policy towards China is not working. Chinese foreign policy experts saw the
collapse of Lehman Brothers in September 2008 not as a one-off crisis but as a structural
change in the global distribution of power. Since then, China has become more
assertive across a range of foreign policy issues. China has repeatedly snubbed
Europeans in response to their support for the Dalai Lama and Tibet and become
even less apologetic about its own human rights violations. It has deepened
economic ties with North Korea and put minimal pressure on Pyongyang after it
crossed the nuclear threshold and even after it torpedoed a South Korean navy
vessel in May. China has also slowed down progress on international efforts to
impose new sanctions on Iran while benefiting from a burgeoning economic
relationship with Tehran. Finally, at the Copenhagen climate conference- a
wake-up call for many in the West in general and in Europe in particular –
China used tough tactics to achieve its objective of preventing an agreement on
a binding commitment for developing countries (although, in this case, it may
have overplayed its hand).
In short, China
has frustrated hopes for increased global responsibility sharing while pursuing
its own economic and strategic interests through international institutions and
stalling when such institutions challenge its own positions.
should not be seen as a revisionist challenge to the international system and
its rules. In fact, China often acts as an upholder of existing international
law and sovereignty. At the same time, however, it builds negative coalitions
to restrain any new international norm-building. For this reason, China is becoming
a huge test for EU foreign policy, which has been predicated on the principle
of global norms and values.
Part of the
reason Europe fails to influence China is that many of the key decisions in
China’s foreign policy are now taken by domestic actors who are largely unknown
to foreigners. The Chinese diplomats to whom the West has access tend to
explain, mitigate or deny. Meanwhile, many of the key decisions in China’s
foreign policy are now taken by domestic actors within the Chinese military,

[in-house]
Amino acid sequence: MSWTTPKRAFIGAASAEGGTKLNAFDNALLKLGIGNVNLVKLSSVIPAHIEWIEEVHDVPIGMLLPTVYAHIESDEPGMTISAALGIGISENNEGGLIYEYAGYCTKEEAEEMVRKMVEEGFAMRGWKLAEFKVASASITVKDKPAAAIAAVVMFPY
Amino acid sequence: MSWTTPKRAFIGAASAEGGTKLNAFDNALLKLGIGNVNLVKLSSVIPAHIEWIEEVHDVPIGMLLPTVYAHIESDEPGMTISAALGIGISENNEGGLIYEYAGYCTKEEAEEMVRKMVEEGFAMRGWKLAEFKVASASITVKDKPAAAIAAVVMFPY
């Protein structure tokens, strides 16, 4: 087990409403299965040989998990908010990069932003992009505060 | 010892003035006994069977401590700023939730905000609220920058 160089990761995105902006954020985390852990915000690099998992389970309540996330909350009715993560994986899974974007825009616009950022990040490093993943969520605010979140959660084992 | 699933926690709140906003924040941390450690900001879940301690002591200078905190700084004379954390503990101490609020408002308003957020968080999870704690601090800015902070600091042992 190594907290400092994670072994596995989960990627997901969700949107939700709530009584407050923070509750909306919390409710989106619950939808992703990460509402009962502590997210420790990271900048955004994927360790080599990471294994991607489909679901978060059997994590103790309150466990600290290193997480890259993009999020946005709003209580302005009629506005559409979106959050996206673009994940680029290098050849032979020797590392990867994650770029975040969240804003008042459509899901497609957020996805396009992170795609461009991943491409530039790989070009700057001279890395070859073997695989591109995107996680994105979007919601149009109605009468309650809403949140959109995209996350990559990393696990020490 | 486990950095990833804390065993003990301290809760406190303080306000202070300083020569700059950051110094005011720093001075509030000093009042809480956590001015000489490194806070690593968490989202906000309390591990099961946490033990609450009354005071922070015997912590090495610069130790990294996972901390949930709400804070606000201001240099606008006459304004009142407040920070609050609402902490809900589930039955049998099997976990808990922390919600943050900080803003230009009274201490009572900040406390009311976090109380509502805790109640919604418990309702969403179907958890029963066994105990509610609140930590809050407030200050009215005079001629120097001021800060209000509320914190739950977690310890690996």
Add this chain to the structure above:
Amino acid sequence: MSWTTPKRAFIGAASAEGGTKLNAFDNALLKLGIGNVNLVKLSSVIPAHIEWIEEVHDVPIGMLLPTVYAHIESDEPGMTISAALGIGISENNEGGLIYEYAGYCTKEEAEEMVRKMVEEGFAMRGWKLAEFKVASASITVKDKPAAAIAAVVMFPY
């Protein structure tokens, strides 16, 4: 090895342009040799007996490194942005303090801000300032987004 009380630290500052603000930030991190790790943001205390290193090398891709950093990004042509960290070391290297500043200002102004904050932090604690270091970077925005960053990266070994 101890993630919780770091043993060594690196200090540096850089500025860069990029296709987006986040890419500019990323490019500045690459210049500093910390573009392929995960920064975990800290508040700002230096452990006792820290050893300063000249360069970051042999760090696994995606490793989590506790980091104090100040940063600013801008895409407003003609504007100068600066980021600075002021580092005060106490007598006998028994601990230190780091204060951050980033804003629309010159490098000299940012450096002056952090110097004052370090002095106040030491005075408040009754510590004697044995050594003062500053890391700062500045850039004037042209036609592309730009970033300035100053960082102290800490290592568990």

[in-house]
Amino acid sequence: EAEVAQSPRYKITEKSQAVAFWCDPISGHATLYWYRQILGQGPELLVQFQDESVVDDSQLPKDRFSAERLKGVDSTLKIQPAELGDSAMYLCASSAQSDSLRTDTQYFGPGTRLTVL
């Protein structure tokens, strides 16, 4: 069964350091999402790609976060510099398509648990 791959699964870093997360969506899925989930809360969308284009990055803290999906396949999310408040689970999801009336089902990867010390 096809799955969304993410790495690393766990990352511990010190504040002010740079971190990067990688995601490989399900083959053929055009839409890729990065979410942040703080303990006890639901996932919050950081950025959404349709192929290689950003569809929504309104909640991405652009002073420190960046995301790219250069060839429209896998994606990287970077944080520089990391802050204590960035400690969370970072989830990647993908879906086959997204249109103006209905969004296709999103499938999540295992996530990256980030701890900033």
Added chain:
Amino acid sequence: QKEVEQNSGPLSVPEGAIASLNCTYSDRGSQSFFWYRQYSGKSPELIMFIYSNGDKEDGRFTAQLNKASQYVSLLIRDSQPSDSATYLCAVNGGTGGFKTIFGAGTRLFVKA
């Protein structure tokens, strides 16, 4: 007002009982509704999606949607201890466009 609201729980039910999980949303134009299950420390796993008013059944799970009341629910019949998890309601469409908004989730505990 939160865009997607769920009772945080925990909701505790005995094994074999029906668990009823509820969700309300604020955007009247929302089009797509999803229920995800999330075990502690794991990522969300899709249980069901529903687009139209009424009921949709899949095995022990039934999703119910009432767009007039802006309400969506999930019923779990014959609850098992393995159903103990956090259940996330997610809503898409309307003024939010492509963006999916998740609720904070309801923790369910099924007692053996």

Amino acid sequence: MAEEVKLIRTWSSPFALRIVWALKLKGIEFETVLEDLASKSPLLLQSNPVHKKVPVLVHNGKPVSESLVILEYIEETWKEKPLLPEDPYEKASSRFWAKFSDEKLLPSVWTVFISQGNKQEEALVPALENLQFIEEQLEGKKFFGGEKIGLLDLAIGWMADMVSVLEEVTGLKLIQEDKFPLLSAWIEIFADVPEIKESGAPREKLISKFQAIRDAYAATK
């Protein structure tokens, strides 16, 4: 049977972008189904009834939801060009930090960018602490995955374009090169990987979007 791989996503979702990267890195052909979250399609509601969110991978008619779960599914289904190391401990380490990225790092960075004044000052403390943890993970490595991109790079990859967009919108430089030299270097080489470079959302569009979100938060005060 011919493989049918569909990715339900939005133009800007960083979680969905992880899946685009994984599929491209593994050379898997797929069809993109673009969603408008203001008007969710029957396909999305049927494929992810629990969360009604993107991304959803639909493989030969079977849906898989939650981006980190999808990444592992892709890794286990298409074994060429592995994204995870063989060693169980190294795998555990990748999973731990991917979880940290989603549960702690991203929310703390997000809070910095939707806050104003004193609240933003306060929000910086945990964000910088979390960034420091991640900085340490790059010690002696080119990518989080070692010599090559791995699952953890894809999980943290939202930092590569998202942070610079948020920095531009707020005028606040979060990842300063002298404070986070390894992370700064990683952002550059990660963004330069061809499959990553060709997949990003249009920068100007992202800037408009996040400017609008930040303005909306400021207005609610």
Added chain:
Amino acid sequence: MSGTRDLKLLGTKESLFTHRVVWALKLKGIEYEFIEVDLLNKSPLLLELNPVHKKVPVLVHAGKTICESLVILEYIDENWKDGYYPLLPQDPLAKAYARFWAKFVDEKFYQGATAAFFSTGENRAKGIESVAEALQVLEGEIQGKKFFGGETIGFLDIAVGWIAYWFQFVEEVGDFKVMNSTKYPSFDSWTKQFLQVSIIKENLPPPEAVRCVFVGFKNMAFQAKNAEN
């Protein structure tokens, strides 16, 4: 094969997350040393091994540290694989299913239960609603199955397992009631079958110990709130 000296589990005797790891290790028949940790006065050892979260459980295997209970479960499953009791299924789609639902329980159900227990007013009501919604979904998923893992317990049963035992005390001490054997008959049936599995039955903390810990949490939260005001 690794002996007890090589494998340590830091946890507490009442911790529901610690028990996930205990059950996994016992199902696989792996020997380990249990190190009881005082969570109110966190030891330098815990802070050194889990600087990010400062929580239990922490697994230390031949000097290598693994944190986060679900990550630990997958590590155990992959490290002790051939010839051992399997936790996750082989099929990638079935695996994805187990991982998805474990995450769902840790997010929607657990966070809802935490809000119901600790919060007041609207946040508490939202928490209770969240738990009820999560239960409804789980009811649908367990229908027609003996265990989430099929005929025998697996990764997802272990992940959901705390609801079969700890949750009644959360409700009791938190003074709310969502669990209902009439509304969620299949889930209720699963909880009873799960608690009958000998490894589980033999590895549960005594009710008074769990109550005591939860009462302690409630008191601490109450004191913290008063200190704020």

major state-owned companies and the Communist Party who are largely unknown to
foreigners. Understanding these new actors and their interests is a
prerequisite for an effective foreign policy toward China.
Another reason that our foreign policy towards China is not working
is that we still think of our relationship with China in purely bilateral
terms. We need to understand that China now affects every global issue from
trade and the economy to climate change and nuclear proliferation, as well as
every region from Africa to the Middle East. EU member states therefore needs
to reframe their China policy in global terms and take into account China’s
impact across all of the issues in European foreign policy and in relations
with all other countries and regions. Europe needs to co-ordinate its own
policy more effectively, preferably at EU level, and to co-operate with other
countries to increase its limited leverage over China. In short, Europe needs a
global China policy.
This will be a
major challenge for Europe. After all, in the past, EU member states have
struggled to co-ordinate even their own policy toward China, let alone
co-operate with other countries. But although China now feels more powerful
than ever, especially after the global economic crisis, China is in some other
ways more vulnerable. In particular, the strained relations between the US and
China creates opportunities for discreet co-ordination of policy with
Washington. There may also be some scope for greater co-operation with Europe’s
allies in Asia – for example, by extending free-trade partnerships and by
developing strategic relationships with countries such as India, Indonesia,
Japan and South Korea.
The key to a global China policy is to work with other countries to
assemble coalitions to increase Europe’s leverage over China. A good
illustration of how this might work is recent international co-operation to put
pressure on China to disengage from Iran. China’s shift was prompted not so
much by anything the US or Europe did but by the actions of other countries, in
particular Russia’s change of policy on sanctions and the growing involvement
in the negotiations of the Gulf States – especially Saudi Arabia, on which
China is already heavily dependent for energy imports and will be to an even
greater degree in the future. In other words, Europe’s best chance of getting
China to move may often be through others.
You can read Francois’ full report into the need for a global China policy here.
An audio interview with Francois, one of our series of ‘ECFR reports’ podcasts, is available here.
The European Council on Foreign Relations does not take collective positions. ECFR publications only represent the views of its individual authors.